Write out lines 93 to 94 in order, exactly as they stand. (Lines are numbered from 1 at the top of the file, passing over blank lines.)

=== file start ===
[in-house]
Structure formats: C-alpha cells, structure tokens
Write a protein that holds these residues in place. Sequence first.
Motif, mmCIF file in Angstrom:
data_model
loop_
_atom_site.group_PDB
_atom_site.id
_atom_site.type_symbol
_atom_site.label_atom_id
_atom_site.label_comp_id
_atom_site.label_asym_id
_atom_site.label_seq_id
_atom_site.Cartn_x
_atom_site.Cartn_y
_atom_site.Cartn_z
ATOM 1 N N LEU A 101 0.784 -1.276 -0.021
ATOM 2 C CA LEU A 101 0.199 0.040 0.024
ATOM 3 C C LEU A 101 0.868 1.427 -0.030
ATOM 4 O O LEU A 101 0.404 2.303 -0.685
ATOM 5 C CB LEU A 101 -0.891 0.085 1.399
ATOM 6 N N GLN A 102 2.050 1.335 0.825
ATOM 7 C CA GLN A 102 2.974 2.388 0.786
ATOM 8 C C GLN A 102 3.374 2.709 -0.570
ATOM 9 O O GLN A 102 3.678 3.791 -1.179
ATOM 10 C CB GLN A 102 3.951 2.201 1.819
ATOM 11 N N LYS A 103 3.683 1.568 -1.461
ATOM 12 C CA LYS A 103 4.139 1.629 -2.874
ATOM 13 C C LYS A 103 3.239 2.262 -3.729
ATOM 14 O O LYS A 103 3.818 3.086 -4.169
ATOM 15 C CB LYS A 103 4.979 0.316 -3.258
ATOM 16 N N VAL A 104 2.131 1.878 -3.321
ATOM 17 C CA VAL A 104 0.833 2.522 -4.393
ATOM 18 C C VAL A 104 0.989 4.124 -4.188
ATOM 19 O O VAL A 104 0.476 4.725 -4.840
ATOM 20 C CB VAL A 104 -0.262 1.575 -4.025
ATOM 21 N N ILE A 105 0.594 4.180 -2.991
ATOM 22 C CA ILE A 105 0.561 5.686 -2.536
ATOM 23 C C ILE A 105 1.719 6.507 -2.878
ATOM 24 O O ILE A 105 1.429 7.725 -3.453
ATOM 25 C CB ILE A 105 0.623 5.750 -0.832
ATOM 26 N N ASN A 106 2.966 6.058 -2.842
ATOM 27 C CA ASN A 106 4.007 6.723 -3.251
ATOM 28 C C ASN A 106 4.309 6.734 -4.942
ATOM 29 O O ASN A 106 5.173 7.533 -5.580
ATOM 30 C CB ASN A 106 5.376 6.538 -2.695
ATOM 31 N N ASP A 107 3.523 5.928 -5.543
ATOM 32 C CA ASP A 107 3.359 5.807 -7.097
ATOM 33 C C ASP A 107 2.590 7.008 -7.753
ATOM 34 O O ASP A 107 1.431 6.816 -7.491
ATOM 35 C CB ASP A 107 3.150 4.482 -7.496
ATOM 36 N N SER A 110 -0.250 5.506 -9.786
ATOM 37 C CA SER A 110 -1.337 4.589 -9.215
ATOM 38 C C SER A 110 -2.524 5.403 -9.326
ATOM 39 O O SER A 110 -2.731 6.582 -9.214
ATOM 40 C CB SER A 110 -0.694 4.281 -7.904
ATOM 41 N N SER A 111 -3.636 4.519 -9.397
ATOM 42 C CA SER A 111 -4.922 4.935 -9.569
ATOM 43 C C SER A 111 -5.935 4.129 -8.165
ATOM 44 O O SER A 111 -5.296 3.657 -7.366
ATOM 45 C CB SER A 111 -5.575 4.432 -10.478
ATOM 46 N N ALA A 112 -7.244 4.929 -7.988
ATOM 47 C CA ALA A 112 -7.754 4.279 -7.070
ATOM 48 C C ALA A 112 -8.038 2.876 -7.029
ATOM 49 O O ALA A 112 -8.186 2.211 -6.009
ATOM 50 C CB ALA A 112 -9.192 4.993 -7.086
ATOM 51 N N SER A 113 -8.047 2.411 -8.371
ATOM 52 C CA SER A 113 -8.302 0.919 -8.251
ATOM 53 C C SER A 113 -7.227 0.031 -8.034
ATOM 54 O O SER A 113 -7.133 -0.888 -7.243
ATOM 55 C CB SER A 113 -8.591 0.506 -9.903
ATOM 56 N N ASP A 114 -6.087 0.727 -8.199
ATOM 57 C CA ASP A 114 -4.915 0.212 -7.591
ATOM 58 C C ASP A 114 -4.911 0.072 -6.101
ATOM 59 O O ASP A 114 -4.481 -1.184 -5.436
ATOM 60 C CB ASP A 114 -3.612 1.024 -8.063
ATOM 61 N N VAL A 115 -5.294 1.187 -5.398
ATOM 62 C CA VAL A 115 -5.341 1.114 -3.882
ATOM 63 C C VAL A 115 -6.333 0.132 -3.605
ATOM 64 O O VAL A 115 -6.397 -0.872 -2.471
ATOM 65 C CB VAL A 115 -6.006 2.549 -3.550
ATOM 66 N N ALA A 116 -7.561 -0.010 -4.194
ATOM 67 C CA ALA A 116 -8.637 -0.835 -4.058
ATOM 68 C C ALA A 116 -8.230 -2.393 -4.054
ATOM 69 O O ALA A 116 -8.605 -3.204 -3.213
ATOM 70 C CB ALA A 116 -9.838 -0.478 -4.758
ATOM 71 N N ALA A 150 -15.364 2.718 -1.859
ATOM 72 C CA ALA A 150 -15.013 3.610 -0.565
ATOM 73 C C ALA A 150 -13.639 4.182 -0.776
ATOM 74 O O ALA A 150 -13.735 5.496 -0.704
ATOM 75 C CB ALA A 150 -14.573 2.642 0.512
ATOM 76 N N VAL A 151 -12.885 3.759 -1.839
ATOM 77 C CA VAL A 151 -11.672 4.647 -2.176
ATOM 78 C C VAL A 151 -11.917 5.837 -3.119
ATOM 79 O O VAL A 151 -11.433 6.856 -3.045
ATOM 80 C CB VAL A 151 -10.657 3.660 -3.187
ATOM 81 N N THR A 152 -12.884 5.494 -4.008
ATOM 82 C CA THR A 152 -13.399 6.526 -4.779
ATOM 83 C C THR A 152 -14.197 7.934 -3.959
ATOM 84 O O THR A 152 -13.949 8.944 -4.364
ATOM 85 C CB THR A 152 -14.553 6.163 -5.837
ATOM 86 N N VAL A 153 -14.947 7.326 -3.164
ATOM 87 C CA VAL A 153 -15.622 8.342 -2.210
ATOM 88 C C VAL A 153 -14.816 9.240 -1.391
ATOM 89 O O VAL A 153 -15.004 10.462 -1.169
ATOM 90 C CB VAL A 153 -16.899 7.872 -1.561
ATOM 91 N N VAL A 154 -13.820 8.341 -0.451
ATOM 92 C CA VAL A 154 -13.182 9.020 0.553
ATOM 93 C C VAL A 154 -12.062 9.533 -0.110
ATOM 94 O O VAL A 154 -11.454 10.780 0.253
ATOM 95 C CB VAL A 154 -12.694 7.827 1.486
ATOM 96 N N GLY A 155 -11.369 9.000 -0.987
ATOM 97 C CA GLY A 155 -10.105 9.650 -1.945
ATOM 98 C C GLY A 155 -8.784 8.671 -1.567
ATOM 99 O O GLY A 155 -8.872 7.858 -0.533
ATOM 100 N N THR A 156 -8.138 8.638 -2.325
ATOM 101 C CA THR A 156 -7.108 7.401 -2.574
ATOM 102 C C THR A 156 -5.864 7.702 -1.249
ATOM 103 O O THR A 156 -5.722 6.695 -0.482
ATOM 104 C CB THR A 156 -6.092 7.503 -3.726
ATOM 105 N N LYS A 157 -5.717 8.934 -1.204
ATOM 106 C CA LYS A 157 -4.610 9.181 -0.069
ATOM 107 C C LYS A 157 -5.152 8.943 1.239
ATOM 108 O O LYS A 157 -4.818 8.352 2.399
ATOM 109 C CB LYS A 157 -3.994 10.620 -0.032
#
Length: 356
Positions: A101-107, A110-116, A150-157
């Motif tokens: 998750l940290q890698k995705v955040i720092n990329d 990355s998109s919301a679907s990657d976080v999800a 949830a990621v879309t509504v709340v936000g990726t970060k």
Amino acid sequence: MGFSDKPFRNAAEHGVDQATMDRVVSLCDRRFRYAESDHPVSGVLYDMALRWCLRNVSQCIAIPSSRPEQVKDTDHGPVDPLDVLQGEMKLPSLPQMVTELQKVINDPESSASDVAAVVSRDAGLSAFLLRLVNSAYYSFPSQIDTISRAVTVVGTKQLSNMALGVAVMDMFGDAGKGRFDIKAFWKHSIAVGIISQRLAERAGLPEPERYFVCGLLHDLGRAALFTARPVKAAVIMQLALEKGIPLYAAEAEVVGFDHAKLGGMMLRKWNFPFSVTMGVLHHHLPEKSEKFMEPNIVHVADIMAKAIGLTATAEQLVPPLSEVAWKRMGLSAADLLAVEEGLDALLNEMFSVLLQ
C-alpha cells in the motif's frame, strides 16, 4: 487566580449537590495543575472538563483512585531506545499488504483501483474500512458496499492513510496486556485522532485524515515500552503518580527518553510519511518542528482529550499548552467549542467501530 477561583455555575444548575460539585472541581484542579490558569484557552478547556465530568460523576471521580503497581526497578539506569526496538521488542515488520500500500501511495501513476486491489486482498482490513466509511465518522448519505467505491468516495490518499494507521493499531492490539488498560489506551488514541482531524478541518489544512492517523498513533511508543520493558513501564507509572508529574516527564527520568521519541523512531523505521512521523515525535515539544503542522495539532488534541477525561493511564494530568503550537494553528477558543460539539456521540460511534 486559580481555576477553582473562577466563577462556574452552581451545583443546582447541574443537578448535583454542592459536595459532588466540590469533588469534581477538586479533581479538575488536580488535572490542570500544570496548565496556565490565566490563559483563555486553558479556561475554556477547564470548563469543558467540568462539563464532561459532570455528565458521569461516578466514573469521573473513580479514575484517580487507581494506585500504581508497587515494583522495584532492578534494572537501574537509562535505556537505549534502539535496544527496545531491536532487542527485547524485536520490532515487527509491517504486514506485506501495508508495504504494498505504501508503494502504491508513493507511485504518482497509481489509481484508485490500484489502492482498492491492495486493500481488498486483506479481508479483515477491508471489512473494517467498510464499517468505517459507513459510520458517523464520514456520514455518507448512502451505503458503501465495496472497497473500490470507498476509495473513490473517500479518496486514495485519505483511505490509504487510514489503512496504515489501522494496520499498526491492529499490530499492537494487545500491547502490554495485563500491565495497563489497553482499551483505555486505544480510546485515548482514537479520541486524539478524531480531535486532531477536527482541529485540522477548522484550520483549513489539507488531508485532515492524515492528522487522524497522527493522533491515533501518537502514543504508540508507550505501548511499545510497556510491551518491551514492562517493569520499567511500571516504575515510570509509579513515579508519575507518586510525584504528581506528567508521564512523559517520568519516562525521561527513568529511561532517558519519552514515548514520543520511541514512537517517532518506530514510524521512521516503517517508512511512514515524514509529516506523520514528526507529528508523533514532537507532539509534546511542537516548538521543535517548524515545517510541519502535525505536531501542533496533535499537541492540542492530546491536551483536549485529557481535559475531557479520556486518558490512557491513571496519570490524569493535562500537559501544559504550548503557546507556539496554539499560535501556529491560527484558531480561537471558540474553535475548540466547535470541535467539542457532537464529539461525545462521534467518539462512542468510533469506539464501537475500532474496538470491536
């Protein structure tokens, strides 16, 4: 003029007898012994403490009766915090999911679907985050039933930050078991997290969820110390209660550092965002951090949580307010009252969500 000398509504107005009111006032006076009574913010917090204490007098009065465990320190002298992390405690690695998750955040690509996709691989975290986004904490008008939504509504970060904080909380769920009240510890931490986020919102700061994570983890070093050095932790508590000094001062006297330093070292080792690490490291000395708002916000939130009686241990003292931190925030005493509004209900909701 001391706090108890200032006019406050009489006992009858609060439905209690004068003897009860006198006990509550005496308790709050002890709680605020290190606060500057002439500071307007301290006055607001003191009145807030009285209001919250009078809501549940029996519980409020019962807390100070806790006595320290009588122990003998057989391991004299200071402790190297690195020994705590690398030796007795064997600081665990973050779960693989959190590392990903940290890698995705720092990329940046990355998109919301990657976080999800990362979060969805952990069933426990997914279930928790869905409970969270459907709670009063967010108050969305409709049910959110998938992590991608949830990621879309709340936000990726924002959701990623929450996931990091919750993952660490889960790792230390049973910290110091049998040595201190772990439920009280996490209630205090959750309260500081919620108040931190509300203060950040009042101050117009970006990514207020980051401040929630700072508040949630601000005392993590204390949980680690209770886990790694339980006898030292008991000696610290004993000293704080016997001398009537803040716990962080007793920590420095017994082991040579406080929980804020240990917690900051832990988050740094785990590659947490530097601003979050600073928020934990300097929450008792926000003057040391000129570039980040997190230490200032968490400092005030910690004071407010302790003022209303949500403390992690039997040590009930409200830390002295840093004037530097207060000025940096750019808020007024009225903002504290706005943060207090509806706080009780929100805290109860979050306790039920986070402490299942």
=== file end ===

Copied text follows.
ATOM 77 C CA VAL A 151 -11.672 4.647 -2.176
ATOM 78 C C VAL A 151 -11.917 5.837 -3.119